Mevlüt Mert Altıntaş shouts after shooting Russian ambassador Andrey Karlov, at an art gallery in Ankara – Burhan Ozbilici/AP Burhan Ozbilici has worked as a reporter for several newspapers in his native Turkey, and is a full-time photo stringer for the Associated Press. His winning image depicts Mevlüt Mert Altıntaş shouting after shooting Andrey Karlov, the Russian ambassador in Turkey, at an art gallery in Ankara. Paula Bronstein is a freelance photographer currently based in Bangkok. Her field of expertise is Asia. She has 30 years of experience in news, and her 2017 image of Najiba, holding the body of her two-year-old nephew killed by a bomb blast, was selected as the Daily Life image of the year.
I still remember the feeling that hit me the first time I saw this image. It is one of the best examples of how photography can portray fear. Belgian photographer
Laurent Van der Stockt captured an image of a terrified girl outside a building, possibly her home, while members of the Iraqi Special Operations Forces (ISOF) performed a search.
Long-Term projects is a peculiar category in which work series are evaluated. In 2017, Russian photographer
Valery Melnikov was awarded with the WPF Award for his work documenting the atrocities at Donetsk and Luhansk (Ukraine) after the Russian forces entered Crimea in 2014. Jockey Nina Carberry flies off her horse Sir Des Champs (left) as they fall at The Chair fence during the Grand National Steeplechase – Tom Jenkins/The Guardian Sports is a synonym for action, dynamism, movement and emotion. British photographer Tom Jenkins froze an absolutely adrenaline-filled moment when Nina Carberry flew off her horse during the Grand National steeplechase, at Aintree Racecourse, Liverpool, UK.
EPA photographer Jamal Taraqai captured a dramatic scene right after a suicide bomber attacked a civil hospital in Quetta, Balochistan, Pakistan. The image shows how other survivors and civilians helped the most-injured people after the attack.
It is a fact that we are destroying our planetary home, and the Nature award has been recognizing photographers who use their cameras to highlight and lend weight to protests about our reckless behavior. Here, Spanish photographer
Francis Pérez captured a loggerhead sea turtle entangled in some sort of fishing net in the northeast Atlantic Ocean.
A striking, compelling photograph of a 5-year-old child being comforted by her mother in the Debaga refugee camp in northeastern Iraq took first prize in the People award category. The image was taken by Swedish photographer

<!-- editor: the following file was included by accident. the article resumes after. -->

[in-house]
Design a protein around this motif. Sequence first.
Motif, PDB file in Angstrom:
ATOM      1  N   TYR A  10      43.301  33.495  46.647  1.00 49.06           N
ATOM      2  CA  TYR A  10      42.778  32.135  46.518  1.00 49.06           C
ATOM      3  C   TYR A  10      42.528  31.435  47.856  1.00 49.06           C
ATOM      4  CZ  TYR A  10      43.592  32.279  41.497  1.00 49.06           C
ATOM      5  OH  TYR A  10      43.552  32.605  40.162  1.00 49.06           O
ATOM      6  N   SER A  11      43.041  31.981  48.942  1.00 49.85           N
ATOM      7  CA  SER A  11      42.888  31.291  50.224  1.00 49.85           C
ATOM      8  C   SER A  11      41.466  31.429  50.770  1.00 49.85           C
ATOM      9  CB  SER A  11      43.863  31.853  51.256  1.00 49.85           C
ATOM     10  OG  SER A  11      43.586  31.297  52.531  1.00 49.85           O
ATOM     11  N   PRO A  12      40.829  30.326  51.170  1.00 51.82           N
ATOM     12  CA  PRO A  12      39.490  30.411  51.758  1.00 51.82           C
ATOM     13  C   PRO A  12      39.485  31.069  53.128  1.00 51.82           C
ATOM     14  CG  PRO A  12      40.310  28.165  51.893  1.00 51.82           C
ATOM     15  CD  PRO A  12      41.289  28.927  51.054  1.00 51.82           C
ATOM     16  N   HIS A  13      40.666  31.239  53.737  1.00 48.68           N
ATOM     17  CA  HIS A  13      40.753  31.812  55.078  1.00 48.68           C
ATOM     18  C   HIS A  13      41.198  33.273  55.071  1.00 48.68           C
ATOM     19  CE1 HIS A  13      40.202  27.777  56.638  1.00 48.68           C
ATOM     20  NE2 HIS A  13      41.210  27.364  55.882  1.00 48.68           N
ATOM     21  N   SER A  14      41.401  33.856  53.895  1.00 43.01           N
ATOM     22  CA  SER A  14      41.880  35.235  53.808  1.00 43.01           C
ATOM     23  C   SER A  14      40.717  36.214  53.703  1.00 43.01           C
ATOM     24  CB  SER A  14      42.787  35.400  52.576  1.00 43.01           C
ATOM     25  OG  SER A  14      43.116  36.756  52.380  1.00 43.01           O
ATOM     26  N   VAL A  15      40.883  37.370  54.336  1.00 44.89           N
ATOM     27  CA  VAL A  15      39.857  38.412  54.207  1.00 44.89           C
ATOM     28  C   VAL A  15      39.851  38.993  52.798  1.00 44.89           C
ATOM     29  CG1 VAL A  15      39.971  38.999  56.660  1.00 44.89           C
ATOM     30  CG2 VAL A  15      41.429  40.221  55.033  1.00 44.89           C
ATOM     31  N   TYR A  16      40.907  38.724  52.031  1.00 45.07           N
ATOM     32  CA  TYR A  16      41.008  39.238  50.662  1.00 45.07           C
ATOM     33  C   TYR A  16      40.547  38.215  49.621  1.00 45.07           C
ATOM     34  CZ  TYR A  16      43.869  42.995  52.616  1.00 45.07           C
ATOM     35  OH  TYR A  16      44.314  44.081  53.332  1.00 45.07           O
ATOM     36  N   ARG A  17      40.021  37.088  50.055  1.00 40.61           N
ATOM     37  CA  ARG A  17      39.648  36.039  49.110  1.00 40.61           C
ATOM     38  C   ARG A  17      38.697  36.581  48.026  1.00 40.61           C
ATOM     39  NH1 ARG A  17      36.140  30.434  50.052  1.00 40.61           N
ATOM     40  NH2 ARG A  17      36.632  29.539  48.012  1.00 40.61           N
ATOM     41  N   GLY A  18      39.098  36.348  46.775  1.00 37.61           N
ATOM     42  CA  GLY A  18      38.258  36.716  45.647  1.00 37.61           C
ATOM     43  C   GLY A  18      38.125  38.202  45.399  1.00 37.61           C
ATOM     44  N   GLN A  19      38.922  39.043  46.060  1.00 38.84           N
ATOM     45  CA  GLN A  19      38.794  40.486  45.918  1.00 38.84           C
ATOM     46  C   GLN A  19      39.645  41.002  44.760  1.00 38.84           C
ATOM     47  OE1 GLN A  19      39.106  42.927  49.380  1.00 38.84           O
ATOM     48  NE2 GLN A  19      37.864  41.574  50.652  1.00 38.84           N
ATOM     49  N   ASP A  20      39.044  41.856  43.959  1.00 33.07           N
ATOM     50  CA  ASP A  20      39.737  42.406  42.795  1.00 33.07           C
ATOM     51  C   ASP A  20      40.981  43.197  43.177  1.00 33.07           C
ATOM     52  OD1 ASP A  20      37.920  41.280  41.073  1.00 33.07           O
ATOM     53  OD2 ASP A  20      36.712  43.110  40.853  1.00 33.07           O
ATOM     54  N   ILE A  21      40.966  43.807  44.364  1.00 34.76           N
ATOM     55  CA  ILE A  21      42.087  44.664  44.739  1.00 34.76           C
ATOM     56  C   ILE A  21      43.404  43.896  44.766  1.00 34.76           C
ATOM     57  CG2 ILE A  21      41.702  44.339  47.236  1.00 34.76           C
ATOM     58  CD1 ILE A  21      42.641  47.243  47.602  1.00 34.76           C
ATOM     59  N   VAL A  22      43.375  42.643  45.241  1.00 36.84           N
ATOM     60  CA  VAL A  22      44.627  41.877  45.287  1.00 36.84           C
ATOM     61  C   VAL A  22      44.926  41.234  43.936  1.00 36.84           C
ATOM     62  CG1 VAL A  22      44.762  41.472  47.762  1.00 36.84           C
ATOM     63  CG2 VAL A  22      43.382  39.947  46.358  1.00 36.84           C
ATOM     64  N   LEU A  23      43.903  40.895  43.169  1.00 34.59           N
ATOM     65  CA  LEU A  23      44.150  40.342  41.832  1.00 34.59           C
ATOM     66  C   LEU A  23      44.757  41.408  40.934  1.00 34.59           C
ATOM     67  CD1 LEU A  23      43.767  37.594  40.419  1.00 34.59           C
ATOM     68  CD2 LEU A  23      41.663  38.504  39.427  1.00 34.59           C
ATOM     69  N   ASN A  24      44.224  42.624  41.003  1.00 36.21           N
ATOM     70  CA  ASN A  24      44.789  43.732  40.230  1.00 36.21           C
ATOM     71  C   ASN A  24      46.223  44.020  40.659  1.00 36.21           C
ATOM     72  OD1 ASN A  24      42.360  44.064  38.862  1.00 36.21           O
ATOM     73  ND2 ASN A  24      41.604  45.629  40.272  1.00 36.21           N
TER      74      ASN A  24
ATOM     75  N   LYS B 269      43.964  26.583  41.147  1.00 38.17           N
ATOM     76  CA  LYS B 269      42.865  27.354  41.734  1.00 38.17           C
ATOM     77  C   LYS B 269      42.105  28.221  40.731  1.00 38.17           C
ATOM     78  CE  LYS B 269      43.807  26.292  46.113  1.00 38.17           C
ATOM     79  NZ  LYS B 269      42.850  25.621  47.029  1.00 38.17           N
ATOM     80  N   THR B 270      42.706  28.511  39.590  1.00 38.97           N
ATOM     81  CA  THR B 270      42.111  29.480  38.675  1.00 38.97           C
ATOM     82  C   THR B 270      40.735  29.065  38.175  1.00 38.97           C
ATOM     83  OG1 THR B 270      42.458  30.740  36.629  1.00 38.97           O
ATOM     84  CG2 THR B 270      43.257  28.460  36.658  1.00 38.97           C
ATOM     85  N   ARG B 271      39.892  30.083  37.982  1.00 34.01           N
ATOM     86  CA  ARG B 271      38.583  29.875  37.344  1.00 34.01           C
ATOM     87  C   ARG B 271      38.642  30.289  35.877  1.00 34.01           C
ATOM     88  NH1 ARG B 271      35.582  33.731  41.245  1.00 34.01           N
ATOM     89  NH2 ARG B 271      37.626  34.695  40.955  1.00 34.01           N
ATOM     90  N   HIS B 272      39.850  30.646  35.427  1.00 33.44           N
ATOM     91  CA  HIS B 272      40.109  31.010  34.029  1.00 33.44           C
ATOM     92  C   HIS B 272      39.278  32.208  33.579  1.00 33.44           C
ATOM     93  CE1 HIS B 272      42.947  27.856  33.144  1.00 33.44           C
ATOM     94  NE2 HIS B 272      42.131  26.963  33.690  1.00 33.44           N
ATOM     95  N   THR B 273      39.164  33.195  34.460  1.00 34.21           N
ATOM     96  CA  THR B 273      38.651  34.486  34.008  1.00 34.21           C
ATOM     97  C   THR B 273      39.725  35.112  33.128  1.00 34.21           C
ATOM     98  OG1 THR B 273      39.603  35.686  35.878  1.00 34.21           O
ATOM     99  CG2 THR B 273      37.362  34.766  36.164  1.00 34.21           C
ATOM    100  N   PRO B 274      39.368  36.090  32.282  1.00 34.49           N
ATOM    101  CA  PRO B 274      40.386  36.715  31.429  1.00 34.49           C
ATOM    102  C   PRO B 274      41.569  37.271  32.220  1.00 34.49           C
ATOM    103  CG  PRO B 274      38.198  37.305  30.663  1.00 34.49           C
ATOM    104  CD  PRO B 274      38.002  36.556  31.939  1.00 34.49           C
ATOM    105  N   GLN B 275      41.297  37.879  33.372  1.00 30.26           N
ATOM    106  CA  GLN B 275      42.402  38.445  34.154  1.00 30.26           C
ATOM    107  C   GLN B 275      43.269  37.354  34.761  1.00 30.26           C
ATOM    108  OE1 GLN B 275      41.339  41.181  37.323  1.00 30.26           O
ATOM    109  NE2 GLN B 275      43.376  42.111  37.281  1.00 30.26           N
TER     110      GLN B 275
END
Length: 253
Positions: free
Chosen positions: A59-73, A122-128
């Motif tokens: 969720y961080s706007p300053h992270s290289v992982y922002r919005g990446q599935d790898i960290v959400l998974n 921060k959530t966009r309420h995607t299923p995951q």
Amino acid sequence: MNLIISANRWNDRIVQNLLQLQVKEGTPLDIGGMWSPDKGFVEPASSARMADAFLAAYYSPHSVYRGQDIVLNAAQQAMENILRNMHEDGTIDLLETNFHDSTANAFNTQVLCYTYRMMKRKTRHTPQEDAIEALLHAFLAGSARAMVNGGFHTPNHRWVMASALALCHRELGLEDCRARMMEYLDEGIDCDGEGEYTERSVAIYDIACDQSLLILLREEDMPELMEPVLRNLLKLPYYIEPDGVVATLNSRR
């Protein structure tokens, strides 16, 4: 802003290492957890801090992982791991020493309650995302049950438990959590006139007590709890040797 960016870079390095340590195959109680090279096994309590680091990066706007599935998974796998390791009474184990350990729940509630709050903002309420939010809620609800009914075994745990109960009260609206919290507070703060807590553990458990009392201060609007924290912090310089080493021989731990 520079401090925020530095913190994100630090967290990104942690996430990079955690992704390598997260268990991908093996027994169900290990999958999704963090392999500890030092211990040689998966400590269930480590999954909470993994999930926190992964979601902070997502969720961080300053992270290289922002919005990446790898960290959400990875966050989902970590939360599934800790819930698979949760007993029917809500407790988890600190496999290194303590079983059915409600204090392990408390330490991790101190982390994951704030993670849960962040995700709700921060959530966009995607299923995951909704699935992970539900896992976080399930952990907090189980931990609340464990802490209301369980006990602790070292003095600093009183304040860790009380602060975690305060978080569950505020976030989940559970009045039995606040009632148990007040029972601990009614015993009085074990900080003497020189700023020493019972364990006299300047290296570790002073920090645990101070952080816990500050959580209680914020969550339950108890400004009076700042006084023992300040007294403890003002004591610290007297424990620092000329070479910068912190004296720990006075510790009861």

Magnus Wennan during his coverage of the seizure of Hawija under ISIS. The image is entitled “What ISIS left behind”. The Importance of High-Quality Photojournalism Image By Philip Jones Griffiths – National Library of WalesThe National Library of Wales, CC BY-SA 4.0, https://commons.wikimedia.org/w/index.php?curid=38576242 The vocation of every photojournalist pushes them to deliver images with a high level of transparency and objectiveness regarding topics that matter to a broad number of people (locally or worldwide). The photographic democracy we inhabit today gives us access to an endless amount of visual content, which is fine. But these are images with meaning and intent – ones that could actually trigger people into making some lasting change. Photojournalism shouldn't be underestimated simply because we all have immediate substitutes for information via social media platforms and viral content. Award-winning images like the ones above truly stick in our brains and soul. Photojournalists have the guts to not only put their lives at risk to capture and deliver the news objectively; they also use aesthetic criteria to compose and expose to deliver high-quality images that will communicate the right message in the best possible way. The World Press Photo is famous for honoring photographers whose visual creativity and skills result in pictures that capture or represent events or issues of great journalistic importance. The organization truly believes in the power of showcasing high-quality visual stories and has worked passionately to build the needed infrastructure for accomplishing this objective. Every story shown by the World Press Photo Foundation has the common denominator of being able to make people stop, feel, think and even act. They encourage a diverse, global group of photographers to say something about situations that matter. Their philosophy goes beyond mere image ratings – the foundation also aims to educate the profession and the general public and encourage debate and action.